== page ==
Abortion Campaigners Desperate to Exclude Down Syndrome


As people become more familiar with the government’s plans for a liberal abortion regime in Ireland, the implications of such a barbaric law are becoming clearer. Among these are the fact that it will facilitate the abortion of babies diagnosed with Down syndrome. Minister for Health Simon Harris says it is “insensitive” to suggest that Irish women would have abortions for this reason. If he looked at the official British abortion statistics, he would know that some Irish women do, in fact, have abortions because their babies have Down syndrome. In 2016 (the most recent year for which figures are available) the number was at least 43. The figures only show abortions performed after 24 weeks, and do not include earlier abortions included under “health” grounds.


Mr Harris, and others who want to get rid of the 8th Amendment, are desperate to keep Down syndrome out of the debate because they know the vast majority of people would consider abortion for Down syndrome to be abhorrent.


Dr Peter Boylan, the vociferously pro-repeal head of the Institute of Obstetricians, admitted that it is technically possible to diagnose chromosomal abnormality indicating that a foetus has Down syndrome before 12 weeks' gestation, but claimed the diagnosis can rarely or realistically be achieved within that timeframe.


This ignores the fact that there is currently no particular demand to have results before 12 weeks. A woman who travels to England for an abortion because her baby has Down syndrome can do this as easily at 13 or 14 weeks (or up to 24 weeks). If the proposed abortion law were enacted, there would be a demand for test results before 12 weeks and, since this is possible (blood tests for chromosomal anomalies can be done at 9 weeks), it is unrealistic to suggest that this demand would not be met. It also ignores the fact that these tests are becoming more accurate and less expensive. It will not always be the case that the tests have to be sent abroad for analysis.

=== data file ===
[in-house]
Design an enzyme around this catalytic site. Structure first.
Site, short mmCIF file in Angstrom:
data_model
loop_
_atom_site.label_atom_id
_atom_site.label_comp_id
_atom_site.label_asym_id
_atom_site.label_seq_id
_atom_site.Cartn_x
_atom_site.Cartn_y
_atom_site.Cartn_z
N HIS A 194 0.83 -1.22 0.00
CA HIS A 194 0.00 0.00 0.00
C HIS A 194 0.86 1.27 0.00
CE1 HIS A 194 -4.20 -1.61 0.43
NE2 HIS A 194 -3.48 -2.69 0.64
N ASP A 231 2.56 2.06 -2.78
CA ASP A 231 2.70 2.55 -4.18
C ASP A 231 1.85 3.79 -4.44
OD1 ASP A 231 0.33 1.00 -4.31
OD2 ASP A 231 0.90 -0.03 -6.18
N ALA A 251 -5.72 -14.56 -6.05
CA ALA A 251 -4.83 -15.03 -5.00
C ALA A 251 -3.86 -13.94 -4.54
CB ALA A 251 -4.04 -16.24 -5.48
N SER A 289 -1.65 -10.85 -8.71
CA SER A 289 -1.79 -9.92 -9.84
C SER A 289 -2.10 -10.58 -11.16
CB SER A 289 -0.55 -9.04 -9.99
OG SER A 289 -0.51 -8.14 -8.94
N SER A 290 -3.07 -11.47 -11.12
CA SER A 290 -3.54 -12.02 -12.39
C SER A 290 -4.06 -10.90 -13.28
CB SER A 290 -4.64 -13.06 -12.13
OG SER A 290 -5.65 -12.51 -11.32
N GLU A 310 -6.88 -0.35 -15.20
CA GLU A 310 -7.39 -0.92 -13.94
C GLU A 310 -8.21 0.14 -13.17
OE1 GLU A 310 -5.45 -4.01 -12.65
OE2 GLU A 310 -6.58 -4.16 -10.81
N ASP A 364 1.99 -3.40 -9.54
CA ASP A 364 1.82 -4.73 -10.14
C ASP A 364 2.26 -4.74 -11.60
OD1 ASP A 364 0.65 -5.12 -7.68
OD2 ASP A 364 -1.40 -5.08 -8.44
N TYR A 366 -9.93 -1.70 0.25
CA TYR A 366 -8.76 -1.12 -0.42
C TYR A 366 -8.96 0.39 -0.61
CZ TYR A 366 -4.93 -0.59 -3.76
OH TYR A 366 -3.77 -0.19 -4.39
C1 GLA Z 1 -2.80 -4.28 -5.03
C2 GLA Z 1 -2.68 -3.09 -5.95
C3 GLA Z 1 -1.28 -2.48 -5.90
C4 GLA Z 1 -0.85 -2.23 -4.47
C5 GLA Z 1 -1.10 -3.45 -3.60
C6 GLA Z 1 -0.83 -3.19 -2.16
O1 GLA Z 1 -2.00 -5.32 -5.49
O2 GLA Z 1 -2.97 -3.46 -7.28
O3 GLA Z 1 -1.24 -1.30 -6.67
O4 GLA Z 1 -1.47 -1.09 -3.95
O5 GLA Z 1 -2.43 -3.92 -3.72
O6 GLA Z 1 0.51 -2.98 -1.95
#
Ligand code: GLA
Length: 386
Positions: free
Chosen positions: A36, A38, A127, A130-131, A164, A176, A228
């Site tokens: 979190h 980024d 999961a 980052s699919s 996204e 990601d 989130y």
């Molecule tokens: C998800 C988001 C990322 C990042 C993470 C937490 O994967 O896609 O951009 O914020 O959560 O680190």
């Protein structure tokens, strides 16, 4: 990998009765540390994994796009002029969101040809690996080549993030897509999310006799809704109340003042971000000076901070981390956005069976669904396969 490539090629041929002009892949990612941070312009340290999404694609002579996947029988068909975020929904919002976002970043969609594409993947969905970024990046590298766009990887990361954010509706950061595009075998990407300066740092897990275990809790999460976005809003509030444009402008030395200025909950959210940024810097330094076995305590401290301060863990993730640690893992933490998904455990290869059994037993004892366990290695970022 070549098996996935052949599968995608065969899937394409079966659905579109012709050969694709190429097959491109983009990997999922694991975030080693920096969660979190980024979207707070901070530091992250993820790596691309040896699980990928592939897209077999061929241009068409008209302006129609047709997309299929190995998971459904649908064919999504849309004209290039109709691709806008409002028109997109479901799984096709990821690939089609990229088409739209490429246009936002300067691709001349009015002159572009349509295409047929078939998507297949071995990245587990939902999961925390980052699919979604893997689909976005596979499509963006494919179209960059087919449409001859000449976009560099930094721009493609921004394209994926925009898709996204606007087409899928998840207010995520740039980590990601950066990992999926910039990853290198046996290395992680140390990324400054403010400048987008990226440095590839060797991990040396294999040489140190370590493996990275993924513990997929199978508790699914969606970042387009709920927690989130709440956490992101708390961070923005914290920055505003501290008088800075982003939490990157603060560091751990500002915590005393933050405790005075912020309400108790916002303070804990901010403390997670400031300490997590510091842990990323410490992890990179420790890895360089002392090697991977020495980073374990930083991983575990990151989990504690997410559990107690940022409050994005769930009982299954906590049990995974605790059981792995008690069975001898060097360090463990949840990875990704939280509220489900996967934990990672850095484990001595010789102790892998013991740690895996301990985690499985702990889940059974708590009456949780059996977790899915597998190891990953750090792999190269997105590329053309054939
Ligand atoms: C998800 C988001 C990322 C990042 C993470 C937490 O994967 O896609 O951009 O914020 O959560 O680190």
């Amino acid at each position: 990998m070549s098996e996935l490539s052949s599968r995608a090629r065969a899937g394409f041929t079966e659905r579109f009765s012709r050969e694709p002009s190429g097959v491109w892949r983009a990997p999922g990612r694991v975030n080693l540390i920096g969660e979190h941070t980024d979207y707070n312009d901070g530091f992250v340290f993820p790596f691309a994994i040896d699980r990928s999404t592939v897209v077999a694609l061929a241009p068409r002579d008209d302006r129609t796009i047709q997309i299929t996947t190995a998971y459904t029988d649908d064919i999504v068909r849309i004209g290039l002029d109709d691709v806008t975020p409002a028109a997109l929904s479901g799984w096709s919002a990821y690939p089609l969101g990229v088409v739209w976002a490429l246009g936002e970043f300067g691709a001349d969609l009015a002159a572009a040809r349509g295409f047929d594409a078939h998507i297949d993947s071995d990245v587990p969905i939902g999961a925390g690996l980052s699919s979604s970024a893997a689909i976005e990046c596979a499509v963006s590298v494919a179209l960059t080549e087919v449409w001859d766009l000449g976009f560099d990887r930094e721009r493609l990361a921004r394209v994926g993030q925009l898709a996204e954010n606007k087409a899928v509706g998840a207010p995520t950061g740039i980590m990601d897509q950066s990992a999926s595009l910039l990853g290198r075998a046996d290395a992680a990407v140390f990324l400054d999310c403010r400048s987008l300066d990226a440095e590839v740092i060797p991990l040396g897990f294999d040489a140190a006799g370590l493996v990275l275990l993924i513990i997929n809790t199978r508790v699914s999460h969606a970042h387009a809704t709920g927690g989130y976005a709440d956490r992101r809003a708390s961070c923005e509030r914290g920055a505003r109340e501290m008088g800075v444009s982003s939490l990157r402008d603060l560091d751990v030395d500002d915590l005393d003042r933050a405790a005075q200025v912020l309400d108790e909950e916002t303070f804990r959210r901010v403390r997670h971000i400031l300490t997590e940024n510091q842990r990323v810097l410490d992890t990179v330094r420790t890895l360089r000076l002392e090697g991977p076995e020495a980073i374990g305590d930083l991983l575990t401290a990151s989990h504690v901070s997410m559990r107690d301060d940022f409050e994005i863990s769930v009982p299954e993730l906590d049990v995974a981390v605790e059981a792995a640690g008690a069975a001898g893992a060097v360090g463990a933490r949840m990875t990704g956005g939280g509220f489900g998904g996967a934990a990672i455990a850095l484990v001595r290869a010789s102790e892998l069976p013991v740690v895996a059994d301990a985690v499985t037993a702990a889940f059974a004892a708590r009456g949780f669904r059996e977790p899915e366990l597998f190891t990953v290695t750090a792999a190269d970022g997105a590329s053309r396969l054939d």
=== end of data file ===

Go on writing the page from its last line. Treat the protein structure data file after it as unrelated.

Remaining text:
Ironically, Dr Boylan claims that it is those who suggest that disability will be eliminated by enacting legislation in line with the recommendations of the Oireachtas committee who are misleading.


Recent developments in testing for possible Down syndrome in the unborn were also addressed last year at the Citizens' Assembly by Dr Peter McParland, a Consultant Obstetrician/Gynaecologist whose sub-specialty is Fetal Medicine. He told the gathering that non-invasive pre-natal testing could be done "as early as 10 weeks".


Dr McParland also said that, although the test was very expensive initially, the price had come down considerably with a greater uptake from patients. He predicted that it was likely to come down even further, making it more accessible to patients. Today the institute said the current price is €500 or more. Dr McParland also stated that the test is 99% accurate for diagnosing "common chromosome problems which would include Down's, Edwards and Patau syndrome".


Pro-abortion campaigners, journalists, and politicians, would have people believe that raising the issue of Down syndrome is exploiting people with the condition. So, is it exploitative to try to save people’s lives or to facilitate their killing?

Family & Life. January 31.

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